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Fiorente wins Melbourne Cup for Gai Waterhouse

November 5, 2013

MELBOURNE, Australia (AP) — Race favorite Fiorente held off Red Cadeaux in a close finish to win the $6 million Melbourne Cup on Tuesday, giving controversial jockey Damien Oliver his third victory in the 2-mile classic and trainer Gai Waterhouse her long-awaited first triumph in Australia’s most prestigious horse race.

The six-year-old stallion finished three-quarters of a length ahead of Red Cadeaux with another 1 ½ lengths to Mount Athos in third place.

Fiorente was runner-up in last year’s Melbourne Cup, while Red Cadeaux was narrowly beaten into second place in 2011.

Waterhouse, the daughter of legendary Australian trainer Tommy Smith, and highly successful in her own right, had previously trained place-getters in the event but this was her first win in decades of trying.

“It was quite a solidly run race. Then he just kept trekking up and trekking up. It was just fantastic,” Waterhouse said. “It was a dream come true. I’m so thrilled.”

“I’m so thrilled for all the owners. I’m so thrilled for all the people that come up to me every day. It’s a race that stops the nation — isn’t it nice to have a favorite that can do that?”

The race was marred by a fatal injury to the Aga Khan’s first Melbourne Cup entry, French-bred Verema, who broke down near the 2,000-meter mark and could not be saved.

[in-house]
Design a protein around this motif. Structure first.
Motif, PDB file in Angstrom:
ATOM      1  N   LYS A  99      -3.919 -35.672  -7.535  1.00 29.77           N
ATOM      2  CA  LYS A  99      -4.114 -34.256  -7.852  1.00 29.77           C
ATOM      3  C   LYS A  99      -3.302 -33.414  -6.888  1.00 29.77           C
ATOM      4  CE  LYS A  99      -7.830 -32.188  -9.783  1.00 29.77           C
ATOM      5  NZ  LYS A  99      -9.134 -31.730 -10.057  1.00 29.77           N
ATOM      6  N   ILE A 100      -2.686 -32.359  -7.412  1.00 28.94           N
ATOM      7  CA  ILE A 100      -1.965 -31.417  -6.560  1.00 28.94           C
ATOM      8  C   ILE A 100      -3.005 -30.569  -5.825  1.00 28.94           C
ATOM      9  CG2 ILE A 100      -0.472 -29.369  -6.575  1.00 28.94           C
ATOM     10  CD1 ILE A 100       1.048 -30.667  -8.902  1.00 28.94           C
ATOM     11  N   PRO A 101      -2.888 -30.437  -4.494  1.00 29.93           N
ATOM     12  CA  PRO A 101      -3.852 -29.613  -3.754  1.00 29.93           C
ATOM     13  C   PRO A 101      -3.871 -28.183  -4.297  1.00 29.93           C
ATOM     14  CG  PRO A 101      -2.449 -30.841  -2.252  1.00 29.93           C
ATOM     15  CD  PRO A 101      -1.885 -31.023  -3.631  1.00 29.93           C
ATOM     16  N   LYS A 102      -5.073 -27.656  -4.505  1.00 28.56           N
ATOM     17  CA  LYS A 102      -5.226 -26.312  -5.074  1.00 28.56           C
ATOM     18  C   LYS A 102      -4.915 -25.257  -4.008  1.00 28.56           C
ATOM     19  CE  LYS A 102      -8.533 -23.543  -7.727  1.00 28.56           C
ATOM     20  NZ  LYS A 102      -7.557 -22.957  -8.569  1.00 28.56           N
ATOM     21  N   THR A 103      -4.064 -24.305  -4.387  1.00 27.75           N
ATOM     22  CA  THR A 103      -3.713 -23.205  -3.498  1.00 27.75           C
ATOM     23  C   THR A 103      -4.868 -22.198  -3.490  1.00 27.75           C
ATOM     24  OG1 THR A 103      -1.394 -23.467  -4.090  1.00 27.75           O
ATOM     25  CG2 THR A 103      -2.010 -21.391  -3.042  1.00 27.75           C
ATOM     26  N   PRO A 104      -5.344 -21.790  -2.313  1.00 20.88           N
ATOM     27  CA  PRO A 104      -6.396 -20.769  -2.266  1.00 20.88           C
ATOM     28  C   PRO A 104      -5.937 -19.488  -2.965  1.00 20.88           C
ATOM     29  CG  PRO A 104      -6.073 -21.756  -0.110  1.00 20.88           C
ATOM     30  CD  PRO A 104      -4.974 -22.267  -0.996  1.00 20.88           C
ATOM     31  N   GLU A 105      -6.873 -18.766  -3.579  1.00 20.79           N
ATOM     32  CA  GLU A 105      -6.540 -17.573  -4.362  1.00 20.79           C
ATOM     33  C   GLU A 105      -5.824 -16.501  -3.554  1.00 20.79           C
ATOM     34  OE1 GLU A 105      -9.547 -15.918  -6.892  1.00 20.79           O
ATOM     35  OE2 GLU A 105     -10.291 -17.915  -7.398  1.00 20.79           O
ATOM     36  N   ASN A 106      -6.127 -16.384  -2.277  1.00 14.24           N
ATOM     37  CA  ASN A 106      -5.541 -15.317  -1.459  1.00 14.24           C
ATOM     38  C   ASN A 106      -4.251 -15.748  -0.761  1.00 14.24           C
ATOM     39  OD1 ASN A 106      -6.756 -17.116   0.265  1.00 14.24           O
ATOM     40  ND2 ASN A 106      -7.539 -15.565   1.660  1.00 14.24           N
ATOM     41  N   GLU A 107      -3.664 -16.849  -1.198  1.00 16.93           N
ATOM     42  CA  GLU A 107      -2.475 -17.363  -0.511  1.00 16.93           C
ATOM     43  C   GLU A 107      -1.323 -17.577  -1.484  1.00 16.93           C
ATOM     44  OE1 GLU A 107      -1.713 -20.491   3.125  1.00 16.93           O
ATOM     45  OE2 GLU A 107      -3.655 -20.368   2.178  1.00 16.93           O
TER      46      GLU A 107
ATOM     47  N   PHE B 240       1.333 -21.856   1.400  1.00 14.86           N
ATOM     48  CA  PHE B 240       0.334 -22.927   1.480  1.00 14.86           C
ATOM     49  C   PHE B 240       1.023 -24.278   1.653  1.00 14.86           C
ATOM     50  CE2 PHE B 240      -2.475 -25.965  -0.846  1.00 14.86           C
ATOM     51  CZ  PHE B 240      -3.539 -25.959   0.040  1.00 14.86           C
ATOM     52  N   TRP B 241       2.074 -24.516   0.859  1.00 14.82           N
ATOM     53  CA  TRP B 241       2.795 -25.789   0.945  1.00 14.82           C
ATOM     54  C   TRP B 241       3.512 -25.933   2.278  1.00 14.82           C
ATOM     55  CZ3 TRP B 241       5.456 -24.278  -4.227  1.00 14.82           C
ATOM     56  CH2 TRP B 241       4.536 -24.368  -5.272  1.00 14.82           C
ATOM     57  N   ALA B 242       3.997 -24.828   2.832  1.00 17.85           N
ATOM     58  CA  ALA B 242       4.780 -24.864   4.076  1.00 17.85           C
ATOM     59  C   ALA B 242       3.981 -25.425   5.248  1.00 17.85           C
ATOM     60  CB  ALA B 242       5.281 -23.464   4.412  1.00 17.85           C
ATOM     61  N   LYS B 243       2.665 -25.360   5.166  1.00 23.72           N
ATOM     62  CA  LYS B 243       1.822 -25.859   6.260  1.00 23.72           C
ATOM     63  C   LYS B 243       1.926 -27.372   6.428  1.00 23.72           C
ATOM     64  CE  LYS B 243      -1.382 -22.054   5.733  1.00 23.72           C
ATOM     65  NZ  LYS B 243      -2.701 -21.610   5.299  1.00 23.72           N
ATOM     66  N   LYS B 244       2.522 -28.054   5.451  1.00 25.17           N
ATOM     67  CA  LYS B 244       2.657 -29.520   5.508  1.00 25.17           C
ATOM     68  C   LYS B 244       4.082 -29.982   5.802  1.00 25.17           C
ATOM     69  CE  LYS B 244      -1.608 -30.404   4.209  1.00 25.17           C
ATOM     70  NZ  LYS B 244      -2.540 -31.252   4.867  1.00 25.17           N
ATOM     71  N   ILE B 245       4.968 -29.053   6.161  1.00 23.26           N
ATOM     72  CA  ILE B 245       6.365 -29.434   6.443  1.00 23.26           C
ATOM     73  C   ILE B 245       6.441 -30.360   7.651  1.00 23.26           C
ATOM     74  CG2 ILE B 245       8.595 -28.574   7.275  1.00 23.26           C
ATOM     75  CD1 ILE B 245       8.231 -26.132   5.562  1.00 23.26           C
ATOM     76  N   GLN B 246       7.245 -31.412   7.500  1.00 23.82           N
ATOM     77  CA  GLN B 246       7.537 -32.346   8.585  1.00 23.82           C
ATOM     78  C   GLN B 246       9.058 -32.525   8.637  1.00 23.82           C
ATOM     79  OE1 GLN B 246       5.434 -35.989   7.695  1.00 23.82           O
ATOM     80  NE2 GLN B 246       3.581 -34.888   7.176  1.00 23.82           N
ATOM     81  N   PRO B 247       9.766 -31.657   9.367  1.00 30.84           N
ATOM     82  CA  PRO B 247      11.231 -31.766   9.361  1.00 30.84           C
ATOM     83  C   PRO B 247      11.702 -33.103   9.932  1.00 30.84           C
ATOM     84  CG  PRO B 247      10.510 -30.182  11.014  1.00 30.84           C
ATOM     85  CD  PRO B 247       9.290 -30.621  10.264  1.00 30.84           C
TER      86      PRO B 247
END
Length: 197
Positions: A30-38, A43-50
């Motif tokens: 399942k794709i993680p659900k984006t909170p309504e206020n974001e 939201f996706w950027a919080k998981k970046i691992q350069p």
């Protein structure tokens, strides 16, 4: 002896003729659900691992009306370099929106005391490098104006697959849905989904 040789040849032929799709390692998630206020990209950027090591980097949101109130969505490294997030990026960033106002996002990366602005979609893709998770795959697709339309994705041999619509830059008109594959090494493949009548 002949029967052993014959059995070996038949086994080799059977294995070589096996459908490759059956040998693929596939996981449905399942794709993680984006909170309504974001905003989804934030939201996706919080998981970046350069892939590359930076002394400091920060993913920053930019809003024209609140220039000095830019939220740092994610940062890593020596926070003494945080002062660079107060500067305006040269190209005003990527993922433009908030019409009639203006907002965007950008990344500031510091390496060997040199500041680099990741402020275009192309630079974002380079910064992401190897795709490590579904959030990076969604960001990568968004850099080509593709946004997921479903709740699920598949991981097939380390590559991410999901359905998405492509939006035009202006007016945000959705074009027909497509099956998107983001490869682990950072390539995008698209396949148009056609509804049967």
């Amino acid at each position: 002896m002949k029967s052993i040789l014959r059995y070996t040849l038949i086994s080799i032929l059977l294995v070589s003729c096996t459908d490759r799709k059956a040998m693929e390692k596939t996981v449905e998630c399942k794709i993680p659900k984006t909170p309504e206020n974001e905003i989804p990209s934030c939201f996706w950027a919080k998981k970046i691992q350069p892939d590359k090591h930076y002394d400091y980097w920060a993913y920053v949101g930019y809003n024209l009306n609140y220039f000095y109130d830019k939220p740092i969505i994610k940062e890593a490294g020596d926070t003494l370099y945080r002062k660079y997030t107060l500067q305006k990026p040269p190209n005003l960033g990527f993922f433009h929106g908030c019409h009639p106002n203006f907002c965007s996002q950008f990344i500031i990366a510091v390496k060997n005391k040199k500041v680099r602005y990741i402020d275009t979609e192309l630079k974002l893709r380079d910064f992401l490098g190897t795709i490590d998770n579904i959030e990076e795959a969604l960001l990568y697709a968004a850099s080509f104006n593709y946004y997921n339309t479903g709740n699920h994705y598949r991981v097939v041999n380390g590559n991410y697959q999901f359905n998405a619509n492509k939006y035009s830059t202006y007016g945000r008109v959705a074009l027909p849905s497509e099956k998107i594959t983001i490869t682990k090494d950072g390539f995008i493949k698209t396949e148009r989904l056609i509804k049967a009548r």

The five-year-old mare and early Cup favorite was believed to have snapped a cannonbone, a key supporting bone in the leg, during the race.

Fiorente’s victory made Waterhouse the first registered Australian female trainer to prepare a Melbourne Cup winner.

Wales-born, New Zealand-based Sheila Laxon was the first woman to officially train a Melbourne Cup winner when Ethereal took the title in 2001.

Oliver, who is two months into his return to riding after serving a ban for betting on a rival horse in 2010, thanked Waterhouse for giving him the chance and said he was proud to deliver her a first Melbourne Cup.

“She’s done so much for racing. It’s a great honor for me to help bring her home her first one,” Oliver said. “Gai was one of the first people to really get behind me when I came back. I can’t thank her enough for helping me get going again.

“We have been a great team together.”

Capturing her first Melbourne Cup reverses what had been an unhappy year for Waterhouse, who was involved in a public dispute with media mogul John Singleton, who fired her on live television as trainer of his horse More Joyous during the Sydney carnival.

That dispute centered on Singleton’s belief that Waterhouse’s son Tom, a leading bookmaker, was being given information on the horse’s condition than he was. Gai Waterhouse was fined for not keeping stewards fully informed of the horse’s fitness.